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Poor Things: the new Emma Stone movie had an 8 minutes Ovation at Venice Film Festival

The opinions expressed in this article are the writer’s own and do not reflect the views of Her Campus.
This article is written by a student writer from the Her Campus at Casper Libero chapter.

Adapted from Alasdair Gray’s Victorian-era satire of the same name, Poor Things follows the young Bella Baxter (Emma Stone), who is brought back to life by scientist Dr. Godwin Baxter, a famous surgeon who’s kind and fearsome in equal measure. His medical students — except Max McCandless (Ramy Youssef), Baxter’s assistant — call him Monster. Bella calls him God.  Wanting to see more of the world, she runs away with a lawyer, Duncan Wedderburn (Mark Ruffalo), and travels across continents. Free from the prejudices of her time, Bella demands equality and liberation.

Poor Things trailer

Why is it good?

What makes Poor Things such a knee-slapper, despite its script and visuals, is Stone’s off-the-wall performance, at first, as an overgrown baby, and then as a woman with no filter. Along with Emma, the cast includes other big names, such as Jerrod Carmichael, Christopher Abbott, Margaret Qualley, Kathryn Hunter, Suzy Bemba and Wayne Brett.

Beyond Poor Things 

Following the steps of the book, the film has many aspects of science fiction, a genre that Lanthimos flirted with in his other work The Lobster. Set during the Victorian Era (19th century), Gray’s book won several literary awards, including the Costa Book Award and the Guardian Fiction Prize.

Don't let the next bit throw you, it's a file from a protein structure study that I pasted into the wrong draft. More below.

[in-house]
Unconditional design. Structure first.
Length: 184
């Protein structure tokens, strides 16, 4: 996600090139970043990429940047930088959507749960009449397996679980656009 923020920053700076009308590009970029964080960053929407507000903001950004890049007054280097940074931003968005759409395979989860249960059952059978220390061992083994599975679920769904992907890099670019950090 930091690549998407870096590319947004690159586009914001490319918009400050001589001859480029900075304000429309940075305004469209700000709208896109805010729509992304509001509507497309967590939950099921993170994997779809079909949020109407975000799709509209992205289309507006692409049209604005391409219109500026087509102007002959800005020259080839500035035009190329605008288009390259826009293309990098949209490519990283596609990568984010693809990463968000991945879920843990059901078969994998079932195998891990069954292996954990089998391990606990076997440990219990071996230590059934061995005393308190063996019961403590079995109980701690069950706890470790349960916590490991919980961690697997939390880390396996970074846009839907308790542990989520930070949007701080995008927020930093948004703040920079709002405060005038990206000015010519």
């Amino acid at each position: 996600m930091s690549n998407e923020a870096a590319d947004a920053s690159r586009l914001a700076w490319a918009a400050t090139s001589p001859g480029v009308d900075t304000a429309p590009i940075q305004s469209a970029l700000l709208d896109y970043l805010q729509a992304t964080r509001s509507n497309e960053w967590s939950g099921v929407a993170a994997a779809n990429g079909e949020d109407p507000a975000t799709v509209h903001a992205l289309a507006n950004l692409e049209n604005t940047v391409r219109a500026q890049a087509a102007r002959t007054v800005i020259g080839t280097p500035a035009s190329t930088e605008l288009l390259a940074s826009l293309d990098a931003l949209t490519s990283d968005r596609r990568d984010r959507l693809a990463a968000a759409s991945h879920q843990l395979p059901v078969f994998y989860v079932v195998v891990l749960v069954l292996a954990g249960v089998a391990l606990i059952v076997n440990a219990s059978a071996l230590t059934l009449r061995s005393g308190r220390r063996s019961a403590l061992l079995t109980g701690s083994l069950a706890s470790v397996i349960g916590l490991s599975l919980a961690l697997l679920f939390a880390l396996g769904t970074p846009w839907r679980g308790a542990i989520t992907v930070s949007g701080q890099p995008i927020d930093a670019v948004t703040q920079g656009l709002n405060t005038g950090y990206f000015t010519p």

Normally, Lanthimos’ works showed a severe vision of the world, like The Lobster itself, designed to remember how cruel human beings can be (as if we needed reminding). But his 2017 film The Favorite, less sadistic, aggressive, more cheerful, and obscene, suggested a possible change of direction. 

The Lobster trailer

And Poor Things is something else again: extravagant and optimistic, it suggests, in its own wicked and hilarious way, that humans can change for the better, and that a world of kindness would be achievable if everyone tried their best to be the best version of themselves. 

SAG- Aftra strike impacts

As a result of the ongoing SAG-AFTRA strike, the actors skipped Venice this year and aren’t promoting the film yet. The strike is also why the original theatrical release, scheduled for September, has now been postponed until December. The hope is that by then the strike will be over, and Stone will be able to promote one of her best and most audacious works to date.


This film comes to us from an elite group of talent, including cinematographer Robbie Ryan and production designers James Price and Shona Heath, with an insinuating strange musical score by Jerskin Fendrix. Everything in it – every frame, every image, every joke, every performance – gets a gasp of excitement.

The movie will be released on 8 December in the US, January 12th in the UK and Ireland, and January 18 in Australia. Unfortunately, there is still no confirmed release date in Brazil. For now, all we can do is wait in excitement.


The article above was edited by Beatriz Gatz.
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Anna Maria Prado

Casper Libero '25

Just a latin american girl who loves books, musical theater and pasta. My grandpa once said writing is like traveling: once you do it once, you never want to stop. I could not agree more. You can find me at @annaprad_ or anna.silvaprado@hotmail.com